Landis Portraits: A Series About the People Behind the Plants at the Arboretum

By Nolan Marciniec

From his Duanesburg home, across the valley and due east from the Meeting House deck, Steve Perog can hear the Burtonsville Falls – and he can see the Arboretum. He’s a good neighbor, one anyone would love to have.

A longtime resident of the Schoharie Valley, it wasn’t until fifteen or so years ago that Steve first visited the Arboretum, leading a group of cub scouts on a hike. Even the black flies did not stifle his enthusiasm. (Those insects were “all a part of the Upstate New York equation” he quipped.) Even then, he was impressed by Fred Lape’s “beautiful dream” of providing a place for the public to enjoy and learn about nature, as well as the curated collections of plants that, in his mind, makes Landis unique. But plants aren’t his only interest, as he is intrigued by the geological forces that shaped his neighborhood -- the Schoharie Valley and the Arboretum. He credits Robert Titus’ book, “The Catskills During the Ice Age,” for fueling that interest.

Steve served as a member of the Board of Trustees. Currently serving as an active member of the Buildings and Grounds Committee, he has donated both his time and his construction expertise. He was instrumental in the renovation of the Raymond Greenhouse. The work included replacing the wooden support beams, installing a new roof, pouring a gravel floor, and providing wooden walkways. The greenhouse now supplies “Landis Grown” plants for its plant sales. “It’s always a great feeling to see a project to fruition,” he said.

Steve is also a regular at Arboretum events such as the plant sales and the Full Moon Concert series. More than a decade ago, he and his wife, Cheryl, purchased an entire “garden package” at an Arboretum’s Spring Plant Sale, as advised by Landis’ panel of horticultural experts. The garden is now mature, having provided many seasons of pleasure. Steve admitted that his gardening now amounts to “pulling a few weeds.”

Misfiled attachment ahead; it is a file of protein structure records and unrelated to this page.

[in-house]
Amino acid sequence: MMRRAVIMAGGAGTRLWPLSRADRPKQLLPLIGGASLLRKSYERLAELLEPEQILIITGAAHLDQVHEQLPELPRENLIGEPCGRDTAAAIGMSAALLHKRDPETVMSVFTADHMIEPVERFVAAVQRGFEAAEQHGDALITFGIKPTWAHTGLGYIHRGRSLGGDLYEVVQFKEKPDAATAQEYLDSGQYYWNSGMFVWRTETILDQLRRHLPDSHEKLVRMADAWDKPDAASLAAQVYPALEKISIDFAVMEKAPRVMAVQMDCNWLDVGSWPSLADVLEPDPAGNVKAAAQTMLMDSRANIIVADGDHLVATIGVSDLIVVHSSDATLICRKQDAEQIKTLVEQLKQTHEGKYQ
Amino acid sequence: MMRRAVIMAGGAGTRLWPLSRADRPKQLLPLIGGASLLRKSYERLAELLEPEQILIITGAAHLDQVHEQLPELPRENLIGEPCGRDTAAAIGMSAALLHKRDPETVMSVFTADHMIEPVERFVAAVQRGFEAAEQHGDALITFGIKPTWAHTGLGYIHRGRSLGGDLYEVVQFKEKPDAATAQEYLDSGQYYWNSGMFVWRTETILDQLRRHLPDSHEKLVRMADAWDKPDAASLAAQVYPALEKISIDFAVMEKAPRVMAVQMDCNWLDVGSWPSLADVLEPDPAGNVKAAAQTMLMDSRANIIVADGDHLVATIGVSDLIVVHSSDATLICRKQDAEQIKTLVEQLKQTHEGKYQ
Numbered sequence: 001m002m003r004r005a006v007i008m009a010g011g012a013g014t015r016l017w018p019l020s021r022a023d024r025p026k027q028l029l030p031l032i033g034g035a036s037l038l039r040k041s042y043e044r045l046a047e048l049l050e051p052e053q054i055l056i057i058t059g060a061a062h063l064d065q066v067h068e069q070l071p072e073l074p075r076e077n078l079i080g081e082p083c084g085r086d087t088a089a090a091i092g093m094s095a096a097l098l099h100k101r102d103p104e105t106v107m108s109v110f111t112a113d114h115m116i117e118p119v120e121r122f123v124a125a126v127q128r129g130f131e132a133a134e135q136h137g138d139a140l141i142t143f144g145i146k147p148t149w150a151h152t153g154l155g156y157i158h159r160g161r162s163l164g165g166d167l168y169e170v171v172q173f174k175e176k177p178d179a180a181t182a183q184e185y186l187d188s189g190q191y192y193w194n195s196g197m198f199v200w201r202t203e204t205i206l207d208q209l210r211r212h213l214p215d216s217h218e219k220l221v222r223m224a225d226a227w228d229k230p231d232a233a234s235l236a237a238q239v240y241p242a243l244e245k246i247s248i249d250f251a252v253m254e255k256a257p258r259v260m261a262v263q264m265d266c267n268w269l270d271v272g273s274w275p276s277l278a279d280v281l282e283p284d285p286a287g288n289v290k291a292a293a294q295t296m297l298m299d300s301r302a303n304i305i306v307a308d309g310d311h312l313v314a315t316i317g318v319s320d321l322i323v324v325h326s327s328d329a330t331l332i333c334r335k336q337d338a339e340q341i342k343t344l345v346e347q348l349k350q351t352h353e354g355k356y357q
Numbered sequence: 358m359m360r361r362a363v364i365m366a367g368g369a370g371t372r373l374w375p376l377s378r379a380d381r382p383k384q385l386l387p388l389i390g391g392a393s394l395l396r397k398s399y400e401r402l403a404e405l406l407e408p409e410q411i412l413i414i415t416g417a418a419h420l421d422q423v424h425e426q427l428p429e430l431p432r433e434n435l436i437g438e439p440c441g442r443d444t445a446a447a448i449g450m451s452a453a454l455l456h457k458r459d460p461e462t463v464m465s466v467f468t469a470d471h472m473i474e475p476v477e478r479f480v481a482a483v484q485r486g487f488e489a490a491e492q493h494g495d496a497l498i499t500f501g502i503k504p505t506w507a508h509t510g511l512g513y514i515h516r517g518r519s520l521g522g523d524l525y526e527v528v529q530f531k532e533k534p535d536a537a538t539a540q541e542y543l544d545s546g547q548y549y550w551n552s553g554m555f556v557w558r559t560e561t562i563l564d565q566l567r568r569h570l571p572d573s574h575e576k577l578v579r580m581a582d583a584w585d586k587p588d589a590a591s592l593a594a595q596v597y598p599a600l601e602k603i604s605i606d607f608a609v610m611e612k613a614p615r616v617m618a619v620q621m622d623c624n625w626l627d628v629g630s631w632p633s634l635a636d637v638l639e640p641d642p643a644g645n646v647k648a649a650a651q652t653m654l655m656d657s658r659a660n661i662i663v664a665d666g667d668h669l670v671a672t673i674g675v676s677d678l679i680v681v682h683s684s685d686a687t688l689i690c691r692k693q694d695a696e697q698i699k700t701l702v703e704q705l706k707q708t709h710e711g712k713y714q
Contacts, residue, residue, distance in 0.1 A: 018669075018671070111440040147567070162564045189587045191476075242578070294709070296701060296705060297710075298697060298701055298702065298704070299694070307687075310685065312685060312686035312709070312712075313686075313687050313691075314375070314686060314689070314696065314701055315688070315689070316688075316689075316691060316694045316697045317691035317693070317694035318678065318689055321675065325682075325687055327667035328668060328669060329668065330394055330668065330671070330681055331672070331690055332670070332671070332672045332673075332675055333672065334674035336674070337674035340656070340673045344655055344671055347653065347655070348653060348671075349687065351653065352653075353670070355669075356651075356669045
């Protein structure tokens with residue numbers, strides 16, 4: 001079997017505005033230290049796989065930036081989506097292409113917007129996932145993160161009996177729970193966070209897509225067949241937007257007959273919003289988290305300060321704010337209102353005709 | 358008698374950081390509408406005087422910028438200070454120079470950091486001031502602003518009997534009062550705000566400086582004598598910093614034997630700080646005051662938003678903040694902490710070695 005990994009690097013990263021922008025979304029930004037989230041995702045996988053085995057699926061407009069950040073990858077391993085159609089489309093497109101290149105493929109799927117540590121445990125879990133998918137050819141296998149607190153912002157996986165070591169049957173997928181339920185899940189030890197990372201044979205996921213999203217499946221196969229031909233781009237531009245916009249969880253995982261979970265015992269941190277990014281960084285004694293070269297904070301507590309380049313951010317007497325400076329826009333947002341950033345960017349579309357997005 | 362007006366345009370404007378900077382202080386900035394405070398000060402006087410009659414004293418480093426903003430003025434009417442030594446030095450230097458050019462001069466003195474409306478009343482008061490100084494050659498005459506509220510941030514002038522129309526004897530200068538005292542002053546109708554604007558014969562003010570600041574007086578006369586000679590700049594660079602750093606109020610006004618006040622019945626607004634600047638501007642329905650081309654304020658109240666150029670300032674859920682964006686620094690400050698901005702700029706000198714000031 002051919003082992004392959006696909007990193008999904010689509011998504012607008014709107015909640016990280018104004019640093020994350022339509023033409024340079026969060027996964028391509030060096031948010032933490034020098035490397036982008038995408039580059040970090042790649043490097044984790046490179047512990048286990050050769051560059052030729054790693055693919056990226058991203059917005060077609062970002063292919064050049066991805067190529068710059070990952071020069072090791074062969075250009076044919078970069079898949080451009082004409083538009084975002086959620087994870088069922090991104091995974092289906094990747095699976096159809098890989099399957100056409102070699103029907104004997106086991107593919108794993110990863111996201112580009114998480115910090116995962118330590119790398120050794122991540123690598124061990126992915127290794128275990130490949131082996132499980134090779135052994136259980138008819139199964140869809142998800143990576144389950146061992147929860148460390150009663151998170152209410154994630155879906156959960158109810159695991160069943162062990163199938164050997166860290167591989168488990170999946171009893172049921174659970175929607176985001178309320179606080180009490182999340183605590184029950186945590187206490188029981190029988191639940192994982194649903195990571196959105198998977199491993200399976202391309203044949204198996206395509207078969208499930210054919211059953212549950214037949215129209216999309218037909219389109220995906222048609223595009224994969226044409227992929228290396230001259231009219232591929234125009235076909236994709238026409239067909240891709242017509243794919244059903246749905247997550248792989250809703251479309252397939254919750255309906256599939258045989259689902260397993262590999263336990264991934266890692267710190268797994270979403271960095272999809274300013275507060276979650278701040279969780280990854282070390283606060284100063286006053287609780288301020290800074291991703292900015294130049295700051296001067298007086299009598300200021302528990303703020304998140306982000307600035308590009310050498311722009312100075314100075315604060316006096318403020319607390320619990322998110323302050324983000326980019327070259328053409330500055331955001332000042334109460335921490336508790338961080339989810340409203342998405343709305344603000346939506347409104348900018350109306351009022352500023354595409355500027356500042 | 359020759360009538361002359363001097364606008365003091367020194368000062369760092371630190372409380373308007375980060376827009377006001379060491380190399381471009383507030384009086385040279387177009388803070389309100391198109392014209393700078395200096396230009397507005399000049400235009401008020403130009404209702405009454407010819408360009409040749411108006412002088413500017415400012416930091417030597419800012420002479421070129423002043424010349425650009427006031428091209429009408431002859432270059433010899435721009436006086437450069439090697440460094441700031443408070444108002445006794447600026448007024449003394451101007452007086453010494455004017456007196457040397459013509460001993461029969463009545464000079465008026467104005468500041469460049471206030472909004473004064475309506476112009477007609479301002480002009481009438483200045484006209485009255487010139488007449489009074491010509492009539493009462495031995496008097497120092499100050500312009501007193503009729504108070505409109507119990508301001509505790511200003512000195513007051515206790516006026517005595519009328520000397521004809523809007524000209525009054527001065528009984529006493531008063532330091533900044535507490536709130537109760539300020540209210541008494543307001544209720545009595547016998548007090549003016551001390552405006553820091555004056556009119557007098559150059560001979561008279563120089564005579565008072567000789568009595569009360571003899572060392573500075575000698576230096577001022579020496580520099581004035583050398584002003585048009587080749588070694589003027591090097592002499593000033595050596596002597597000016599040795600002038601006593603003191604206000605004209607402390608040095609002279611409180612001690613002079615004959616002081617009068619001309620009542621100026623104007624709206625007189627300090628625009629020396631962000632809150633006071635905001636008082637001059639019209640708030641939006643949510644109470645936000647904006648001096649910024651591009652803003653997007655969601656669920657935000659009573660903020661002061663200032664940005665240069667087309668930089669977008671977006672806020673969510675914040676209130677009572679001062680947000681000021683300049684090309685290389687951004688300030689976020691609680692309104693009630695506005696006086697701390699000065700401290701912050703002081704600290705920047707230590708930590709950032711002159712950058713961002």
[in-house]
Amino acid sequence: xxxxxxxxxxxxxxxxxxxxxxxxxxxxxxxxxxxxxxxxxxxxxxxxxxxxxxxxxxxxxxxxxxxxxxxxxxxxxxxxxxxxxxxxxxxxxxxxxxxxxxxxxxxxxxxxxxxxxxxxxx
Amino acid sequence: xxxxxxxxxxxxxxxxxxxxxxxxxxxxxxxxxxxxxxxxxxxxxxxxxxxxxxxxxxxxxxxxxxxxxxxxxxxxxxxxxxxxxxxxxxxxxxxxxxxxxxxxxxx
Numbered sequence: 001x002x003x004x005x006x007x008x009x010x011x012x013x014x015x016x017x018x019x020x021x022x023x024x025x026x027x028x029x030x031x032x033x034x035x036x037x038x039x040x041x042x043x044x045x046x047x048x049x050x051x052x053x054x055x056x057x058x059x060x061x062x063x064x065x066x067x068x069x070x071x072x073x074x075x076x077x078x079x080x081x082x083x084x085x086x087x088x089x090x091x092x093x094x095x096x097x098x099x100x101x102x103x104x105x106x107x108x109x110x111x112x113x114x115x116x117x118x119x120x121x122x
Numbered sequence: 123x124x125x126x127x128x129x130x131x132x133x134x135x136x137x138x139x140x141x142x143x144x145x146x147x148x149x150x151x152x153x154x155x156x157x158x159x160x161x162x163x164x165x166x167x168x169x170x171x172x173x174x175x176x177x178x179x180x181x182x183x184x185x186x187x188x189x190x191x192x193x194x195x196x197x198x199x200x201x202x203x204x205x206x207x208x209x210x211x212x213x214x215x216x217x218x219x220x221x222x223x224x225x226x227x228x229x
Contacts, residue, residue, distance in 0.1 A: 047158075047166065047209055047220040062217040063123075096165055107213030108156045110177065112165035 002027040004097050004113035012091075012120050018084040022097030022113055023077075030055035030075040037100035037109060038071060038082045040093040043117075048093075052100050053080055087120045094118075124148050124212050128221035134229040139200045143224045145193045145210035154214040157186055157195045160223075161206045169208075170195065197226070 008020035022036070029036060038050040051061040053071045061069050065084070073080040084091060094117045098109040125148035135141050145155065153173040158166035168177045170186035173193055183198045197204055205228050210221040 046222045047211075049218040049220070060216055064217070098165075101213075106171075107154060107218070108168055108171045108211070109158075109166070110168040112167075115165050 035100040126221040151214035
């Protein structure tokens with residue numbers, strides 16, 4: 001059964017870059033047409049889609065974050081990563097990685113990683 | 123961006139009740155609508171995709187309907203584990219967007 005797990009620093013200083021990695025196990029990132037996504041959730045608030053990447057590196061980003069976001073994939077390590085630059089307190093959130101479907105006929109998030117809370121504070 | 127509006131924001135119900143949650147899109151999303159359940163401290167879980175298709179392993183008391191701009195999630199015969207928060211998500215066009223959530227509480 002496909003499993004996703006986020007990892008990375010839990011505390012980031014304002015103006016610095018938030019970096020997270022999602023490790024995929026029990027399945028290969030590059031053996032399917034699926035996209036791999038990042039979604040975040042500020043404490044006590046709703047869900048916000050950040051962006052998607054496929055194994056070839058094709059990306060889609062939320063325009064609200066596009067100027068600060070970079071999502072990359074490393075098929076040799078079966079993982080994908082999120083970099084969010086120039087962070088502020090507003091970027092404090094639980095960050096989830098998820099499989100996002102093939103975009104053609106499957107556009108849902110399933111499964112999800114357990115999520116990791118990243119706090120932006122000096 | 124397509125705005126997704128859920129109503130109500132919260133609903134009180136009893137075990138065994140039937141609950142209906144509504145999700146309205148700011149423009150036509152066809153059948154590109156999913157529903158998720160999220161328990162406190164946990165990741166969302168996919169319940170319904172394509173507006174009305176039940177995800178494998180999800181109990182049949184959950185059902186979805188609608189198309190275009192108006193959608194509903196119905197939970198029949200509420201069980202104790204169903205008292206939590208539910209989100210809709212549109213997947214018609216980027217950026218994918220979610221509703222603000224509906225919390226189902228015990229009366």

front of welcome sign

Visitors to the Arboretum will be greeted by a handsome new welcome sign, which was produced by Steve’s company, Capital Supply, Inc. Capital Supply, in business since 1990, distributes products to highway departments in the Capital Region. These include such materials as street signs, specialty chemicals, and protective clothing. Certified as an OSHA safety trainer, Steve is proud that Capital Supply contributes to a safer working environment for its clients.

Reverse of welcome sign

“I’m happy to make a contribution and happy that others are doing the same,” he said. He fully believes that “incremental giving” will make the world a better place. His service to the Arboretum proves the truth of that belief. “We can change the world,” he added, even “a coat of paint, one paver at a time.” It’s what good neighbors do.

Summer 2022

Volume 40 , Number 2

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